Unique and creative minds met on Trinity’s campus, discussing their passions and inspirations both in their music as well as their lives. As part of Trinity’s Celebration of Living Composers Series, the Trinity Music Department held a panel with its three guest composers Carter Pann, Forrest Pierce, and Dan Forrest on both Saturday, January 13, and Sunday, January 14.
The panel was led by Brian Bondari, associate professor of music, who asked the composers a series of questions that opened up dialogue between them about life as a modern composer. The conversation began with the lessons that have stuck with the composers in their pursuit of music.
Forrest described three one-liners he had received from three different influential teachers in his life. The simplicity of these phrases such as “Give everybody a beautiful line” was striking. Forrest said these sayings made him think about the larger picture and not focus solely on his piano; rather, the things he felt most connected to were ideas that forced creative yet intuitive thought.
Pann had a similar one-liner phrase from his own teachers, but his advice for aspiring composers was to be more centered around enjoyment of the moment. The phrase that most stuck with him was “If you don’t love this, then you need to rethink what you’re doing.”
Both Forrest and Pann were influenced most by teachers they really loved; Pierce, on the other hand, claimed that he learned the most from teachers he hated. Pierce described certain practical and specific rules he learned from teachers he either found abusive or disliked. But Pierce’s last comment I found to be the most powerful and insightful into his own experience.
“It is possible to be kind, and support your students, and 100 percent be in their corner,” Pierce said when describing what the teacher he most loved taught him. His comments showed the intensity of the professional music world, and how support can truly make a difference on those you influence.
The composers went on to discuss drastic changes in their styles, which actually prompted them to describe their very distinct approaches to composition. Pierce described how emotionally attached he is to his music, but there came a time in his life where he was unable to compose anything. It took a moment when his students needed him to speak for him to find his inspiration again — however, everything he wrote after that day is completely different in style from his previous work.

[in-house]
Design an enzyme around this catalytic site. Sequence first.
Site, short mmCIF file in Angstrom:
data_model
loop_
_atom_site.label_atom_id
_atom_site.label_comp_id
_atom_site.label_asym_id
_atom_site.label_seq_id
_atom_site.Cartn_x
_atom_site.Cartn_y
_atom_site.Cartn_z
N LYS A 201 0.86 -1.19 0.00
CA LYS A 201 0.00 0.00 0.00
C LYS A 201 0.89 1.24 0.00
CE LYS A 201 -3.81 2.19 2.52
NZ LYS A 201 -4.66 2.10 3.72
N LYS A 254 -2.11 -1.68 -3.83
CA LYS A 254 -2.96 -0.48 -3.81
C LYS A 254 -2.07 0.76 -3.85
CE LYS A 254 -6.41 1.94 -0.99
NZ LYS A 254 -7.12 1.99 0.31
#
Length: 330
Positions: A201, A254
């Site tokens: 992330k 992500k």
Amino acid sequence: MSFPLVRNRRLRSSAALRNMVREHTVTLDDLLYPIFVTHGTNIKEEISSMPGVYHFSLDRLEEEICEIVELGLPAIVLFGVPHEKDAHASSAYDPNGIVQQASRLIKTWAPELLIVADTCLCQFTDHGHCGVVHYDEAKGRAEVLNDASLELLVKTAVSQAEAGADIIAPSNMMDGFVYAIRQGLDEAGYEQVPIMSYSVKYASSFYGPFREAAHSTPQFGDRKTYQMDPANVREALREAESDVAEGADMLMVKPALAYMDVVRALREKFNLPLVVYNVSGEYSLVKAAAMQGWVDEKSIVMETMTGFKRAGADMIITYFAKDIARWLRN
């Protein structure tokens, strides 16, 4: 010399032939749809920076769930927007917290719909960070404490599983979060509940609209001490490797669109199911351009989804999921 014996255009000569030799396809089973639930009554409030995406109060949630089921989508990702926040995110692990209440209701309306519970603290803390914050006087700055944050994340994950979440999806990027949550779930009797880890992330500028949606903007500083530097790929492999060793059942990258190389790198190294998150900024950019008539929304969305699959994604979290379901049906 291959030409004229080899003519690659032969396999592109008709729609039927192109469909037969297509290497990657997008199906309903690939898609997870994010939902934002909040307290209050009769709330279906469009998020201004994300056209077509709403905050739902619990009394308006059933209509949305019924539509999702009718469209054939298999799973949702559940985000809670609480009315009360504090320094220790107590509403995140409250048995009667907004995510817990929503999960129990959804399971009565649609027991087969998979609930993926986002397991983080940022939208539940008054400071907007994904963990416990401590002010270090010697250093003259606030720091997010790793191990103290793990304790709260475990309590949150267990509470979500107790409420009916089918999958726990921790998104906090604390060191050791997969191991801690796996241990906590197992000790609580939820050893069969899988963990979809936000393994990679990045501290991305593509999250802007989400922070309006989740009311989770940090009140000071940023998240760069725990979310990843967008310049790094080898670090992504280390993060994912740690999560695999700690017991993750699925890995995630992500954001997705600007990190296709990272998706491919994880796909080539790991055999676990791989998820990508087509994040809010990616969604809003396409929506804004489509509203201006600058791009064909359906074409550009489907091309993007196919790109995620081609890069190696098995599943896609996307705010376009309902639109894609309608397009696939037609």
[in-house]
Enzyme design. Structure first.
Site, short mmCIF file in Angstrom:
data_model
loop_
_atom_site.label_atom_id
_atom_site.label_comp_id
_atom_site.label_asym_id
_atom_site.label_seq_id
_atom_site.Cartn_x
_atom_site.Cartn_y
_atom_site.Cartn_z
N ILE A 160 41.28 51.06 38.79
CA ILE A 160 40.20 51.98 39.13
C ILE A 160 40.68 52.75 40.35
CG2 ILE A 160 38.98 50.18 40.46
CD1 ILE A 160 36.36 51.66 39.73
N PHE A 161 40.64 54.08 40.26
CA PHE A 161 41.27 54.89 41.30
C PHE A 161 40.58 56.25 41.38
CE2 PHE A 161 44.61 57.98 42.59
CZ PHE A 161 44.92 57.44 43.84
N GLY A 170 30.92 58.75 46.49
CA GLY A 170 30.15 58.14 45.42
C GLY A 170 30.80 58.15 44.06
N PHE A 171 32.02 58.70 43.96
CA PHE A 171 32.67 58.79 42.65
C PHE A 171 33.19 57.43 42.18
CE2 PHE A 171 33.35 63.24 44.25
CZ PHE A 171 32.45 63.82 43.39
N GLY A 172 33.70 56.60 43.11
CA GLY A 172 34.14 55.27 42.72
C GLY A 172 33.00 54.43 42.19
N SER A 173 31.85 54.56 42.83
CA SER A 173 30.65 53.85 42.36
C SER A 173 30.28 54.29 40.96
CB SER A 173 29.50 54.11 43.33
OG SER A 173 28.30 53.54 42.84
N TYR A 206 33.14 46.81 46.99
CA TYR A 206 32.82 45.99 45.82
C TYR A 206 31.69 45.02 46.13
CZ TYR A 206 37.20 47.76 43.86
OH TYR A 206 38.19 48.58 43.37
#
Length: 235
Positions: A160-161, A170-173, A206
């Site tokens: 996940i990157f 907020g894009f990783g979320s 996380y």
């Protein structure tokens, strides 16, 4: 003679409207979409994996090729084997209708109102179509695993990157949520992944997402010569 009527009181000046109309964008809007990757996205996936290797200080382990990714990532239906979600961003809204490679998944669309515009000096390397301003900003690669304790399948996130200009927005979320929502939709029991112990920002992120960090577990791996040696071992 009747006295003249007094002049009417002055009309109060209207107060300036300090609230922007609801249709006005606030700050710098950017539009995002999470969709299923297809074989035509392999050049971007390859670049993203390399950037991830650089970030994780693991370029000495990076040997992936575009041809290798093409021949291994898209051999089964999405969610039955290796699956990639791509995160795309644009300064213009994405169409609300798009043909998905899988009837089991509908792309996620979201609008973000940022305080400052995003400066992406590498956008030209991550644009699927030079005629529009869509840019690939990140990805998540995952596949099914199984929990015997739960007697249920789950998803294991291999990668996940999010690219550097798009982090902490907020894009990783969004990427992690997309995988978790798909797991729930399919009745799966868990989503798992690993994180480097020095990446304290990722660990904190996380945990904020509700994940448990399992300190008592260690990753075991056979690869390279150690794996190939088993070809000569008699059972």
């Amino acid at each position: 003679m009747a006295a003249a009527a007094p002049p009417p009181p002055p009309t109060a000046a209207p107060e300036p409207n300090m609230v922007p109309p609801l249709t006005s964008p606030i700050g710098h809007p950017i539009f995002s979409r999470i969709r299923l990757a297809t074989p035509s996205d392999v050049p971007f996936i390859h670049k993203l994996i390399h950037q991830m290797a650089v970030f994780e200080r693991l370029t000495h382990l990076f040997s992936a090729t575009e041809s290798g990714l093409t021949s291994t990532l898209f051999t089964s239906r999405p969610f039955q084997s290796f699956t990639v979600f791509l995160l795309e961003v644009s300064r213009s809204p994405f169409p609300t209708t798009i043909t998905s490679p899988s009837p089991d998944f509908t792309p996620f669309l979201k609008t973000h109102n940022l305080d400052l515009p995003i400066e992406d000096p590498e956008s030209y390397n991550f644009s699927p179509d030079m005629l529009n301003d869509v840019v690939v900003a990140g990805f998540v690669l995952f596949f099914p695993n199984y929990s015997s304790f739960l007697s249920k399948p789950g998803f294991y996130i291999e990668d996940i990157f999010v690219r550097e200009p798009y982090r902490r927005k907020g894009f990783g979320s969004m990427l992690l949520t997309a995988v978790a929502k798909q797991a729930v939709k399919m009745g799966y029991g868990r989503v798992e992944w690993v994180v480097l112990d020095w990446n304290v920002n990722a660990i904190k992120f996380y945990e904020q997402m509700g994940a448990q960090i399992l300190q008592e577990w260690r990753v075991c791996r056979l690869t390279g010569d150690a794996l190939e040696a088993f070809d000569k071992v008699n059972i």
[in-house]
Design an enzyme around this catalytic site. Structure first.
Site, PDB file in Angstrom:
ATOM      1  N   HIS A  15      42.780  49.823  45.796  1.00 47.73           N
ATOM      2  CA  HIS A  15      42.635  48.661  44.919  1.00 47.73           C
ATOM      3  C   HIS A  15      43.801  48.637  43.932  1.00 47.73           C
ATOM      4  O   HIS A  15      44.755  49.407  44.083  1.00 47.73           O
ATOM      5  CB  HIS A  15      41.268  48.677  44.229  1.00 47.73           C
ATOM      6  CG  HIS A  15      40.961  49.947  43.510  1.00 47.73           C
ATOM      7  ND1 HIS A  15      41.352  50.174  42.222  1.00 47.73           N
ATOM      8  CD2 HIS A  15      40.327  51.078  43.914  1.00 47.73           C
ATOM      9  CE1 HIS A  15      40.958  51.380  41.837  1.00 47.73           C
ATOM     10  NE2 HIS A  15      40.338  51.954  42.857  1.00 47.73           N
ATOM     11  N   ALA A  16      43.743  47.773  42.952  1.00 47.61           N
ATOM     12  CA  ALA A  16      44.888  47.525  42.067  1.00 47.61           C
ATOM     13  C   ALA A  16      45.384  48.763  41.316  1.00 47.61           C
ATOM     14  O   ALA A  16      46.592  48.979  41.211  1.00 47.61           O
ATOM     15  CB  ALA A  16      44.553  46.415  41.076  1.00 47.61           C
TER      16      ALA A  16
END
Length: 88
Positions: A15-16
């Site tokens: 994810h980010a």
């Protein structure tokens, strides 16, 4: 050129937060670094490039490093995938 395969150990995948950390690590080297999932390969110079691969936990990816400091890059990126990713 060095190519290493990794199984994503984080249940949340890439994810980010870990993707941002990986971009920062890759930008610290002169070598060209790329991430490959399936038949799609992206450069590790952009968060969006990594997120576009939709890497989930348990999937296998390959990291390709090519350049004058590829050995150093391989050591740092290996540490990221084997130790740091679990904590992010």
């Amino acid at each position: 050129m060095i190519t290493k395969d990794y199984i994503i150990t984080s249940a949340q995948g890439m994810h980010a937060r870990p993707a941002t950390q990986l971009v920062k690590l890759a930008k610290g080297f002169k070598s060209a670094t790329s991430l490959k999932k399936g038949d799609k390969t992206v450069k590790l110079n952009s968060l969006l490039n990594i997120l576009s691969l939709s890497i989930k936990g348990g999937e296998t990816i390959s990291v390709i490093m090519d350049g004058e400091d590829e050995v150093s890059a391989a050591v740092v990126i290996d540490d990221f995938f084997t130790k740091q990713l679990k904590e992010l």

“That was definitely a watershed moment for me. I couldn’t describe why it happened or what happened, but I know there was a big demarcation in my output.” Pierce said about his break in composing.
Pann said he has never had a major change in style. He did, however, state that the current political climate was poisoning his ability to write. Pann admitted to feeling so disgusted and upset by politics as of late that it distracts and prevents him from getting into his creative flow.
Forrest, upon describing how he similarly has not had a change in style, told of how he is generally emotionally detached from his work. Forrest stated that for the most part he has never composed anything that he felt reflected his emotional state. Composing to him is a job; a task that must be completed. The only major incident that prompted Forrest to use composition as an outlet was the loss of his brother’s adopted child. He wrote a piece that was therapeutic for himself, his brother and sister-in-law. Forrest seems to approach music in a very calculated manor, much more so than the other two composers.
One of the last, and seemingly most simple, questions summarized what I got out of the panel in its entirety. Bondari asked the composers if they needed to be in front of a piano to compose, to which all three answered literally, but then went on to describe the atmosphere they preferred to be in and the mindset they needed to get into. This brought up a discourse of how particular to an individual music is.
“We all approach this differently. I don’t want to sound like you, and vice versa.” Forrest said. Music is a self reflection, and is unique to each individual. This idea, I felt, was the most explored and visible in the composers’ lives. Each of them put themselves into their work and exemplify the openness of music.
I certainly found it interesting to hear how music is lived out in these professionals’ lives, and hope Trinity continues to bring this kind of dialogue to campus.